Monday April 4, 12:50 p.m.
Amazing the difference one night makes. Charlie Sheen was virtually run out of town in Detroit after the horrible debut of his "Violent Torpedoes of Truth" on Saturday. Well, Chicagoans were prepared to adopt him as their native son last night. I'm not sure if it was so much the amendments...I think it was also the fact that Chicago seems to be more in synch with Sheen's brand of spoken-word lunacy. Maybe "Second City" was a good primer. In any case, the audience gave him not one but two standing ovations.
Last Sunday was the day of religion. Yesterday was the day of old friends and comfort food. I met Shard at our usual haunt of The Mad for a mess of wings and fries. The Mad was quite a bit more populated since it was a regular Sunday rather than a holiday weekday in Toronto. It was the usual talk of books, music and work. We extended our time together through a browsing session in BMV, the discount book store, and then coffee in the neighbourhood Starbucks. There, we got on the topic of music which shifted into a talk on my old dusty collection of 80s music from the radio on ancient Canadian Tire cassette tapes. Shard's usually stern eyes bounced since he could possibly track down some long lost remix gems among my collection and then burn them onto CD. I told him I'll follow up on it. I took a quick peek into the living room cabinet, and yep, they're there, although I can't vouch for the quality of of something that's nearly 30 years old.
Then, I went to meet my other old friend. CG and his family were watching the Jays game at Skydome (the Jays lost a close heartbreaker but the fans were still happy at the rocket-like launch of their team), so I streamed through the hordes of blue-clad yahoos and met Chip Guy in front of a sports bar across from The Dome. His wife had already gone on ahead to The Mongolian Grill in Agincourt.
The drive out of the parking lot itself took 40 minutes since there was a massive exodus, but Chip Guy and I didn't mind. We just used the wait time to catch up on stuff. There may also be some changes ahead for CG and his family. My old friend is rather pragmatic, and so if he can't find a better job to his liking in Toronto, he is more than willing to uproot his clan and head down Stateside. Selling his place is virtually a done deal since he found out that the country's 2nd-largest mall would be build just a stone's-throw away.
We finally did get out of Harbourfront, but the traffic remained heavy almost all the way to Agincourt. So, after a 90-minute ride, we arrived at The Mongolian Grill. I wasn't all that hungry after the mountain of wings but I was still able to hold up my end. CG's sister-in-law and nephew whom I'd met years ago when CG had still been living in Daikanyama were also visiting for the same reason I was: to escape from any potential nuclear meltdown disasters. Things in Fukushima have come to a somewhat stable if still worrying state, so the sister-in-law and nephew will be returning to Tokyo in a few days after 2 weeks in The Great White North. The sister-in-law and I traded our quake experiences. The waitresses could speak some Japanese, and our departure was delayed by a few minutes as CG's wife and sister-in-law had a chat with several of the staffers including the manager. CG and I will try to get together, perhaps even with The Entrepreneur, although now that I'm at the halfway point of my exile, scheduling will start to increasingly dicey.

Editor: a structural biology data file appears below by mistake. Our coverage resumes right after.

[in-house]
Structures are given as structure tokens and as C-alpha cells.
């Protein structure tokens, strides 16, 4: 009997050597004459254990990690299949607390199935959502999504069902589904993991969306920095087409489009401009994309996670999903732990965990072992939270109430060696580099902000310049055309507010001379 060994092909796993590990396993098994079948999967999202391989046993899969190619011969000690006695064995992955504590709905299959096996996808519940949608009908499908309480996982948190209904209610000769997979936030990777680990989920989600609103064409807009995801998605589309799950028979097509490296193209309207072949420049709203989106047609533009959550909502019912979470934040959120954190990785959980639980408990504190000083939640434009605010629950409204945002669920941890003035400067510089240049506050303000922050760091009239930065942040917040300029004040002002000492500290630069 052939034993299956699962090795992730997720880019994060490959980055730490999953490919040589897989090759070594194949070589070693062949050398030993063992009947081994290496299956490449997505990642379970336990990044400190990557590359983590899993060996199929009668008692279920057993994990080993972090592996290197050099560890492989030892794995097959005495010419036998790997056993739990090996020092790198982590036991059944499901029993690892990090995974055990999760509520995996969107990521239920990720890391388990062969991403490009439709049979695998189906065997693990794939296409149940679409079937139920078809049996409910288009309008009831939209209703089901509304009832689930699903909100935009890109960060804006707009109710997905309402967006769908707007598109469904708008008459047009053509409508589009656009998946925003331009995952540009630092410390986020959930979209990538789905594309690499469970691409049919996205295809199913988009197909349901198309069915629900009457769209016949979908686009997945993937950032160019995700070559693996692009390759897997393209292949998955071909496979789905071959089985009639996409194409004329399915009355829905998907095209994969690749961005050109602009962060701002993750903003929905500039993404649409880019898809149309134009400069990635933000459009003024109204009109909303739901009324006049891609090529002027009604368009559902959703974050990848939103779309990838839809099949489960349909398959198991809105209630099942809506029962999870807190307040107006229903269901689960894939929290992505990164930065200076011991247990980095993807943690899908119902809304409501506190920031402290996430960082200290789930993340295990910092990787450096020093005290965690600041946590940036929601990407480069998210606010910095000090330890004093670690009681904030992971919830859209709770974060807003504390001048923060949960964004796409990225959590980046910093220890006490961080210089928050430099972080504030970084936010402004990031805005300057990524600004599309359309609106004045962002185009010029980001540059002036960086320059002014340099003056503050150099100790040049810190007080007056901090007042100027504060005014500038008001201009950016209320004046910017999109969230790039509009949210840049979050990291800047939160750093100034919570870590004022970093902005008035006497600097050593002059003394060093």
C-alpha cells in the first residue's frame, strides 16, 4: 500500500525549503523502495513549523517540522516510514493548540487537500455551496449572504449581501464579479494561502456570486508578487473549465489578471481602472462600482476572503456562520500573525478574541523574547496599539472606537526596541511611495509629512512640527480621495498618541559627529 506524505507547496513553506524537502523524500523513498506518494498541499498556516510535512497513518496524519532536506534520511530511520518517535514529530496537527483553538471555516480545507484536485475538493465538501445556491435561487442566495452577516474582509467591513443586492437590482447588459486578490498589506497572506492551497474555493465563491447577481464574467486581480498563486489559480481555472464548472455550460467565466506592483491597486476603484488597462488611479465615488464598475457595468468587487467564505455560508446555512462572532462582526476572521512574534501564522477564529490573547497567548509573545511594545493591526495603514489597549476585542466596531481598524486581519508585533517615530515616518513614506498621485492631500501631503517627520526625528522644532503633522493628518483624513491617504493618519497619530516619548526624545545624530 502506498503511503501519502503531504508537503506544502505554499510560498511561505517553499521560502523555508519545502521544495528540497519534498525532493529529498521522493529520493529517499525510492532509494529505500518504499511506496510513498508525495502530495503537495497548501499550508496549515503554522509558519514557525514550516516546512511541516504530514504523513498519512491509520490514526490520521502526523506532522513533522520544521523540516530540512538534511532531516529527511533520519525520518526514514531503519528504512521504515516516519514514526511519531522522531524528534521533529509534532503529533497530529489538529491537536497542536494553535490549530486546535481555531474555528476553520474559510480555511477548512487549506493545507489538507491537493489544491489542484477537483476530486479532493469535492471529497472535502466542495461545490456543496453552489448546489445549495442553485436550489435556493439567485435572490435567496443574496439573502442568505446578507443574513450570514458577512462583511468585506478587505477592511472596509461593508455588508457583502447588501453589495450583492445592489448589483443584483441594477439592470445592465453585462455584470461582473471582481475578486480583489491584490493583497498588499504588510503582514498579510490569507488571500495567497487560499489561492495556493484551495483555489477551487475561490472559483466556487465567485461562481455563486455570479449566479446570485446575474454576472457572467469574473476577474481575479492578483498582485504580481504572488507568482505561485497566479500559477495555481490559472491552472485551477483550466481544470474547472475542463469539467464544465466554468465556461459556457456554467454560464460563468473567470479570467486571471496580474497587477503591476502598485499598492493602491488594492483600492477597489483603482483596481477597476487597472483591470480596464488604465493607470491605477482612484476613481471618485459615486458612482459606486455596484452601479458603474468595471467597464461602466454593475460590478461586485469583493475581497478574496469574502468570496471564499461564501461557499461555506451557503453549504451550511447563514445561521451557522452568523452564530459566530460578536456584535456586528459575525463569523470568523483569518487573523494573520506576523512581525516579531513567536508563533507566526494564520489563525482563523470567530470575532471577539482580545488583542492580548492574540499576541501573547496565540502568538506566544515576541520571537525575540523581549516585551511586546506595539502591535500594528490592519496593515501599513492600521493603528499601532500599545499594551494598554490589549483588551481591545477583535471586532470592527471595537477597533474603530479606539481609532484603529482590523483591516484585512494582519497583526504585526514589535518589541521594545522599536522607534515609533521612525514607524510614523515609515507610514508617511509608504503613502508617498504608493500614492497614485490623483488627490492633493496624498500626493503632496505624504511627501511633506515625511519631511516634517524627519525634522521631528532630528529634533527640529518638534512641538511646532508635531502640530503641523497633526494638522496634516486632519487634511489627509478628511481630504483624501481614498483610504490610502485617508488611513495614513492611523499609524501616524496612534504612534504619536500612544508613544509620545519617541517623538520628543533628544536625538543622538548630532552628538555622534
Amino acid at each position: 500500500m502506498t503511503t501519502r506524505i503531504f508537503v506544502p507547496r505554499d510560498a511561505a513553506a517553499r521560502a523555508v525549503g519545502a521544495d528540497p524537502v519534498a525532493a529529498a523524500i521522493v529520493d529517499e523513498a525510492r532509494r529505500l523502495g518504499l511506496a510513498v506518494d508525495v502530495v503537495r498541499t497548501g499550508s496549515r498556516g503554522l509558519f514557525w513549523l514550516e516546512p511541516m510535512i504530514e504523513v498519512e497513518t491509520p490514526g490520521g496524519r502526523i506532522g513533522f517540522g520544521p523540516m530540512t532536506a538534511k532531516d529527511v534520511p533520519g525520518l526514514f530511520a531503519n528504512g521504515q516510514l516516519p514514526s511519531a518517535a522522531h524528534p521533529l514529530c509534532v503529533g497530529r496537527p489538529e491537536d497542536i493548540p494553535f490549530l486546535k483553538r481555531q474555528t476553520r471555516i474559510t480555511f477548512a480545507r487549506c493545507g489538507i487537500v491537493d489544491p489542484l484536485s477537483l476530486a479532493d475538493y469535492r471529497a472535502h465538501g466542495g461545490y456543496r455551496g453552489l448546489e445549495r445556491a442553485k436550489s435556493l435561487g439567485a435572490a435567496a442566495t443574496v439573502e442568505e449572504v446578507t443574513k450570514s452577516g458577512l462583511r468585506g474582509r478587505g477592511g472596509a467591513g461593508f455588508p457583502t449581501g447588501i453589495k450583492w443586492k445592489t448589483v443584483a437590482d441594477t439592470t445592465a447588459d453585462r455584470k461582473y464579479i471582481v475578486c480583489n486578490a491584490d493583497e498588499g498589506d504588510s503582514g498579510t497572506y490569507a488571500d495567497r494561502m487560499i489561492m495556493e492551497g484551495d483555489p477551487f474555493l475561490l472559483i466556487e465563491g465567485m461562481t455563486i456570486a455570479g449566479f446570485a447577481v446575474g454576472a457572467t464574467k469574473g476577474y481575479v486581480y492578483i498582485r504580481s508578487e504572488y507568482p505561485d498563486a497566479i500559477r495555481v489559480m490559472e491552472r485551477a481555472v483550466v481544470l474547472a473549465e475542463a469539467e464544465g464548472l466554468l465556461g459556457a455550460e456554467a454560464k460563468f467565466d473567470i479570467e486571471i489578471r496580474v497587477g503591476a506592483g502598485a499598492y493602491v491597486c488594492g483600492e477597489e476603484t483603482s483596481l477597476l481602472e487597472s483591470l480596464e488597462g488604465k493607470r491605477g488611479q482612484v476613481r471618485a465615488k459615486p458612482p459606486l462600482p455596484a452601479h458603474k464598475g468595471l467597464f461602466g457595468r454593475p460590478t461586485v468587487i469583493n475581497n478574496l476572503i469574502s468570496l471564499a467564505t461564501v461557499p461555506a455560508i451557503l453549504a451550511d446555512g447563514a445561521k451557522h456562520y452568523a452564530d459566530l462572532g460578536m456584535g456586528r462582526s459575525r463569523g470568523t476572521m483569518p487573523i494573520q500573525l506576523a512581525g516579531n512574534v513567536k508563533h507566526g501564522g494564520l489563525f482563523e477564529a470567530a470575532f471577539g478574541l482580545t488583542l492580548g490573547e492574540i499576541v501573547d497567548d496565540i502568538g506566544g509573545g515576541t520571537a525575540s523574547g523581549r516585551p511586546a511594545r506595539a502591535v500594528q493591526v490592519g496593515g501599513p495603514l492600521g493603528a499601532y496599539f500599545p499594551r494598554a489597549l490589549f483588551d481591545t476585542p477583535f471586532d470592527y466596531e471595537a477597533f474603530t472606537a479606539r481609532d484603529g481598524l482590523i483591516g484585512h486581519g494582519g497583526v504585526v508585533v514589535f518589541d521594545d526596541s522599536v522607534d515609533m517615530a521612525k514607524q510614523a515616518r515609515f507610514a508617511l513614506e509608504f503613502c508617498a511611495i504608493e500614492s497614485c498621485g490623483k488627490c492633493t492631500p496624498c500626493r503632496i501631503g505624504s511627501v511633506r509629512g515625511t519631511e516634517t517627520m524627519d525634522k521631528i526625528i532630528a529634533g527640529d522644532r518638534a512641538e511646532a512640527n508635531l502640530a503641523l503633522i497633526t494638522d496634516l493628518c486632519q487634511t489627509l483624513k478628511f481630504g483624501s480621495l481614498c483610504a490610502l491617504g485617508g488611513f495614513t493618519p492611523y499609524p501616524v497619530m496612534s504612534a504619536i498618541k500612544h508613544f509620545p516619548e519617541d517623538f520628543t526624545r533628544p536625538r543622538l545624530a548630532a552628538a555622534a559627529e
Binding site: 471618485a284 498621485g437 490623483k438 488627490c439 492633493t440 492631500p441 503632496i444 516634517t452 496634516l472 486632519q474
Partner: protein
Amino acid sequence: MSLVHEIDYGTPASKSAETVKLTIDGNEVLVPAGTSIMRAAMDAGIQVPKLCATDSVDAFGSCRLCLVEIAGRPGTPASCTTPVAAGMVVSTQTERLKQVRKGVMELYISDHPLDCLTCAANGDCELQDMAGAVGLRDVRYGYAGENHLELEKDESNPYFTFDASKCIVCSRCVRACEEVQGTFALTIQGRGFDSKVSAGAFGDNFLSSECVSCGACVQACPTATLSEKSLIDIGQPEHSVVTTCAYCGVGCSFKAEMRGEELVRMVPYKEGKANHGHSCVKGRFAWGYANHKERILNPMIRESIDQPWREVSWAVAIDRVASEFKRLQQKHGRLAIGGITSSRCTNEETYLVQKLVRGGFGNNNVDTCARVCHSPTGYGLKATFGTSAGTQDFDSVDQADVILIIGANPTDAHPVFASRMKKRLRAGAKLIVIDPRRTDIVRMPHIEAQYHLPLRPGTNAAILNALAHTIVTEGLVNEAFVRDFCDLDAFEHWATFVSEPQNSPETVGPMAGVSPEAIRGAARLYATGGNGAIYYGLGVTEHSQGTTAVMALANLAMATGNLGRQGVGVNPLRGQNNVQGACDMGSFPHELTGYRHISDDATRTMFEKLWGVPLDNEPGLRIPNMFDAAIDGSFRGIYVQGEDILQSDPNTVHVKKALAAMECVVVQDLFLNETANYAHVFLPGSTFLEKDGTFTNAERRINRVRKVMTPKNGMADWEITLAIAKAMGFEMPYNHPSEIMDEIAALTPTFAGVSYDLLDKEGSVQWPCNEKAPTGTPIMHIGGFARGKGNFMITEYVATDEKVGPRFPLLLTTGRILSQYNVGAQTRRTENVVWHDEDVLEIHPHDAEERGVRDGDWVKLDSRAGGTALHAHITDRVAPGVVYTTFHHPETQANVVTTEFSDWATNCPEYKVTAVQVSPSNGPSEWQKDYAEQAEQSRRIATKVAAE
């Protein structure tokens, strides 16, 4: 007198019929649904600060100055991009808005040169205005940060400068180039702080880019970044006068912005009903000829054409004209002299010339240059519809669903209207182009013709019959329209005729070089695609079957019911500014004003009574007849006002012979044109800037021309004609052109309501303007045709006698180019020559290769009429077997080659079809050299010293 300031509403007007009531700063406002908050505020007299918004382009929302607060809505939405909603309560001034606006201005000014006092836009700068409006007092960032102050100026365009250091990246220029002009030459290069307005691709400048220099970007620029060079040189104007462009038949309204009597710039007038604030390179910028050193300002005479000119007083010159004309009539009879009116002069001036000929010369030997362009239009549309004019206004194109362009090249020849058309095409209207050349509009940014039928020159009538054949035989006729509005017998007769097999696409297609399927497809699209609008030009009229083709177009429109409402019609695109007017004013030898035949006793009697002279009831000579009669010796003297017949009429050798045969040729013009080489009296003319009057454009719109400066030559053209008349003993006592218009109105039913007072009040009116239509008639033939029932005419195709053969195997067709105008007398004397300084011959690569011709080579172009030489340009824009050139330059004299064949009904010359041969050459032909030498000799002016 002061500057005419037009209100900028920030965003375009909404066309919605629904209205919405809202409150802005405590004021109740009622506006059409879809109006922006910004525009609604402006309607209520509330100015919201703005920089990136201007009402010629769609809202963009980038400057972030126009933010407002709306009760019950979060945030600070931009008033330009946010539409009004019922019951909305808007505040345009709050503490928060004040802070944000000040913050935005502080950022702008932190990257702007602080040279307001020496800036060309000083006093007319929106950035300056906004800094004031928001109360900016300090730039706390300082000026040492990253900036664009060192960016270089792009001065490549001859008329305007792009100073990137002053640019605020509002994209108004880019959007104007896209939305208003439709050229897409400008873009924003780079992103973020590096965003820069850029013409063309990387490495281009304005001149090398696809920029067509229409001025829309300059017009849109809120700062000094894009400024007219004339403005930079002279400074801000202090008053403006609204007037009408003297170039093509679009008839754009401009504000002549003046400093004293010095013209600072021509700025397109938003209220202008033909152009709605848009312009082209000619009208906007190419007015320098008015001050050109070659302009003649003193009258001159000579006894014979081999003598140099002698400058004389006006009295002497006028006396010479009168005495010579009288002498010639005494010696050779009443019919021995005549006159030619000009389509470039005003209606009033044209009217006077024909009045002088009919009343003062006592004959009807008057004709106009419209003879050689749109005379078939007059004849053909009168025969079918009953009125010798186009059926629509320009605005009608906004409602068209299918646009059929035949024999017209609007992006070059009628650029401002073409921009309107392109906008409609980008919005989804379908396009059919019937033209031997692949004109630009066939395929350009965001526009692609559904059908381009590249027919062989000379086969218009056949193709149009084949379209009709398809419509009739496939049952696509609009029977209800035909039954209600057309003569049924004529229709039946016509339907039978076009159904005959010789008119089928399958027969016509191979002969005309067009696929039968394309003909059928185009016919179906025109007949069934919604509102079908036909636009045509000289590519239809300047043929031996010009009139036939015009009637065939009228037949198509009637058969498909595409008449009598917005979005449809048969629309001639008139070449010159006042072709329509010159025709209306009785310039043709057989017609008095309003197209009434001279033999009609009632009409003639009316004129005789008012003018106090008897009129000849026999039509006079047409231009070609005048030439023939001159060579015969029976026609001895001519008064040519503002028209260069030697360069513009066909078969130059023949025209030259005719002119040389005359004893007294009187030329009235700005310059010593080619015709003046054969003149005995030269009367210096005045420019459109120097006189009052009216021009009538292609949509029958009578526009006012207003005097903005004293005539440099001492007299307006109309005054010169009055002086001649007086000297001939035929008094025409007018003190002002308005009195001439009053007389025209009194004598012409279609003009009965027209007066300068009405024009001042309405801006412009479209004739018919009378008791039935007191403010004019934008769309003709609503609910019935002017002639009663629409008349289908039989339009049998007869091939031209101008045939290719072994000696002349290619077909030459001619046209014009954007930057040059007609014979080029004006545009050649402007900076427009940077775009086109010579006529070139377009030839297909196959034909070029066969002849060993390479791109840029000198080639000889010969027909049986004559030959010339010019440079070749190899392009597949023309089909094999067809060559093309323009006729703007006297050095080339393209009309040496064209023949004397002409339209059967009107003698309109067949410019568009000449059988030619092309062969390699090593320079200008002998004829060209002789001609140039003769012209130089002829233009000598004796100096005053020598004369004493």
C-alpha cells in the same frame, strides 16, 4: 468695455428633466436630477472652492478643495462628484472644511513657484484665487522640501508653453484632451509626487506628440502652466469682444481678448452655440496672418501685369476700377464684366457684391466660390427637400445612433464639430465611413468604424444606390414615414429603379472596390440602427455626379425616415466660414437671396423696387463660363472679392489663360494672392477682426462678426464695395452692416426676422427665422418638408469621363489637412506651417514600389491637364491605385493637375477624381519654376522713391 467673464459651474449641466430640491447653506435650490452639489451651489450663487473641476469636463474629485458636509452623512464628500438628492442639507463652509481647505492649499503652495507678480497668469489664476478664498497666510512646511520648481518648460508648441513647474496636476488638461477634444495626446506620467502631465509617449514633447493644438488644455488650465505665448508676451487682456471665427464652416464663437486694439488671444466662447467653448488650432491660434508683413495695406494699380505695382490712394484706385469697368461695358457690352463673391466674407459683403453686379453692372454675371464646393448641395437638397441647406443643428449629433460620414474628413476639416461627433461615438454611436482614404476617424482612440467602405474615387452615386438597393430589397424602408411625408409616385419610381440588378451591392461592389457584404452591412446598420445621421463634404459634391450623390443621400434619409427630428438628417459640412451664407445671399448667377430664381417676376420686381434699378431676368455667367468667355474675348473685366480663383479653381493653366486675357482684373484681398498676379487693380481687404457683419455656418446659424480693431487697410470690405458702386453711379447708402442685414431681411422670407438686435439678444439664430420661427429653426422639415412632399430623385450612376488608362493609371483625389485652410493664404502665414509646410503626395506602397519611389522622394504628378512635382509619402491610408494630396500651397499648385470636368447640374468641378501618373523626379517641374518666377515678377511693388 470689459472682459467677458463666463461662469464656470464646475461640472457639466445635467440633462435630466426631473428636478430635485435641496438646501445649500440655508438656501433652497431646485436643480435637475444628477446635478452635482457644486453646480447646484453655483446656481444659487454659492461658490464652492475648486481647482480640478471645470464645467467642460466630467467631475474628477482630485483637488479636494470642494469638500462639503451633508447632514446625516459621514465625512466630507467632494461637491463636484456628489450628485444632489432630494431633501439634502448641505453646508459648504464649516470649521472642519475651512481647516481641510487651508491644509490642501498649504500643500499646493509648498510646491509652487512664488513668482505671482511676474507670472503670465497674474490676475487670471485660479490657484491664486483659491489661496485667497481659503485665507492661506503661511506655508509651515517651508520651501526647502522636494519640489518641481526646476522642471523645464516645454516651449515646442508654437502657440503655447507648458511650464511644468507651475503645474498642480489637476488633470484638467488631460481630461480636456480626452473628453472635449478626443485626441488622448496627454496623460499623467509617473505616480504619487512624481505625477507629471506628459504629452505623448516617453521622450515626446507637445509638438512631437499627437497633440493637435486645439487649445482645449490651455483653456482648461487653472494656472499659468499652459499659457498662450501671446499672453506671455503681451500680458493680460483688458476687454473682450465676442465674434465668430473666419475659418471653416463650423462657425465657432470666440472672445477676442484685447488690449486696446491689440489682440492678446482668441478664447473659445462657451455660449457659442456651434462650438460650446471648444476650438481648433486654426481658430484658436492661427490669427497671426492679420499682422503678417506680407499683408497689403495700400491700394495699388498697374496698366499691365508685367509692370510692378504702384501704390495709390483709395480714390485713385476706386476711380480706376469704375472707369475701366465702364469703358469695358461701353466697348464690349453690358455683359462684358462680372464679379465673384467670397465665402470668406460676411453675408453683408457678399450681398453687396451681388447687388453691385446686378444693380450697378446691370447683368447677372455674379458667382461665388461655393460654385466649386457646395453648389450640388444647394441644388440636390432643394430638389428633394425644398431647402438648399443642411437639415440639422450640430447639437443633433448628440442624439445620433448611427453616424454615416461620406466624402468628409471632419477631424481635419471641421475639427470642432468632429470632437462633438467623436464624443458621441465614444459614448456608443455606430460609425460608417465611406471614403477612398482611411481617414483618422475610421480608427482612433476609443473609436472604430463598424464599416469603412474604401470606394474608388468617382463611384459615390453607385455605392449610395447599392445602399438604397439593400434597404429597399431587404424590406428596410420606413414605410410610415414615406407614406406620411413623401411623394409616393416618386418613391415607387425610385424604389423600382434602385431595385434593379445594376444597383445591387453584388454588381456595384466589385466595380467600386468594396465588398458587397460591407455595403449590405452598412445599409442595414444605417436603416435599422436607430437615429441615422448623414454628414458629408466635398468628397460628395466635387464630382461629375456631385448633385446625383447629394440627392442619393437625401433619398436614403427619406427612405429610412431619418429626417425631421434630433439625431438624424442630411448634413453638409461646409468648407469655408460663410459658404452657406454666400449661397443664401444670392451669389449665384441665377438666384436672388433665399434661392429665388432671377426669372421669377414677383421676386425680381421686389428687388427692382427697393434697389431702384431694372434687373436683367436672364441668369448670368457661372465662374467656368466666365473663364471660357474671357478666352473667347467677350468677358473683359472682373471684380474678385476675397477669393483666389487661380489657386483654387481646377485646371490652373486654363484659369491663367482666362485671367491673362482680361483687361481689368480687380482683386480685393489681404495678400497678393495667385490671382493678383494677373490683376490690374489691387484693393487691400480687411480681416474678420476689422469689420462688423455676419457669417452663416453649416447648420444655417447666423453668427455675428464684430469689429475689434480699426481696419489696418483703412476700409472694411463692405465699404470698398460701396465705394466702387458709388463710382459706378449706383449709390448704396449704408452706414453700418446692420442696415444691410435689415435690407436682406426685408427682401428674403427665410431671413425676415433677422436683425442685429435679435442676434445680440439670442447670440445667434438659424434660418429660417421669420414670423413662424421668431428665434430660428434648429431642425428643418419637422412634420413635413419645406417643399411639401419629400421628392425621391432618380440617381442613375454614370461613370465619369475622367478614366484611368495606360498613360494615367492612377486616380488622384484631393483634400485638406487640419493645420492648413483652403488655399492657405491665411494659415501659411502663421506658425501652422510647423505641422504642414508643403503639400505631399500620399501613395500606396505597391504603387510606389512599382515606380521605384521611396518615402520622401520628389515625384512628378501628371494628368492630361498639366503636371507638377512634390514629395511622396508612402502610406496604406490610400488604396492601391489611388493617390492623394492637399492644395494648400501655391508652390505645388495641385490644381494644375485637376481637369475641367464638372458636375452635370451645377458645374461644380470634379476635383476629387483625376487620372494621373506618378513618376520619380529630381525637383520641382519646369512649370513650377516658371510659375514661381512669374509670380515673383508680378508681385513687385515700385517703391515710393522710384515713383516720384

Toronto's reputation for wacky weather is still intact. After gloriously warm weather in Elmira on Saturday, it started snowing last night only to be replaced by Spring showers this morning.
Dad and I went out to Eglinton Square this morning. He got his walk while I got my e-mail in the local library. Speedy and MB informed me that things are normalizing quite nicely which is reassuring to hear even with some of the gloom-and-doom news from Fukushima. One TEPCO operator was in tears as he gave the sad but inevitable news that the radioactive water that had been piling up in the reactor pools had to be jettisoned into the Pacific. The TEPCO workers have been attempting a number of solutions to stem the flow, but it seems like they can't catch a single break.
Even LaFille sent me a Facebook message stating that Ms. Efficiency had completed her last day last week. The bossman even brought cake for everyone for the occasion although I'm not sure how hard he had to bite his tongue. Certainly, she's not going to be missed by me.
The Wild Guy contacted me about possibly getting together on the 16th with Automan and The Tea Lady for dinner. He even laid a minor bombshell by stating that he's even considering a position...in Tokyo. I knew my friend wanted to get out of Toronto but to head out to Japan at this time seems just a tad too risky.
Last night, after getting home, I caught some rather interesting TV. The newest "Family Guy" episode had improved animation, no Cleveland Brown, and for the first time (at least for me), actual drama when Brian opted to sacrifice his life by giving his two kidneys to Peter. Seth McFarlane tried to lighten the mood with the usual anarchic gags but this time, there was no denying that there was gravitas in this very special episode. The Obama-in-Golden-Fat Elvis attire was a bit jarring, though.
I also caught "Robot Chicken's" skewering of "Star Wars". Now that "Family Guy" may be mellowing, Seth Green's show may be the only cutting-edge risque comedy left out there.
Then I watched the last bit of "The House on Haunted Hill" the 1999 version. It was remarkable to watch for the cast of genre types such as Famke Janssen and Ali Larter, and one Oscar winner, Geoffrey Rush. Perhaps I've gotted used to the few gory scenes of torture porn but the movie didn't particularly have me rushing under my covers despite the copious amounts of blood.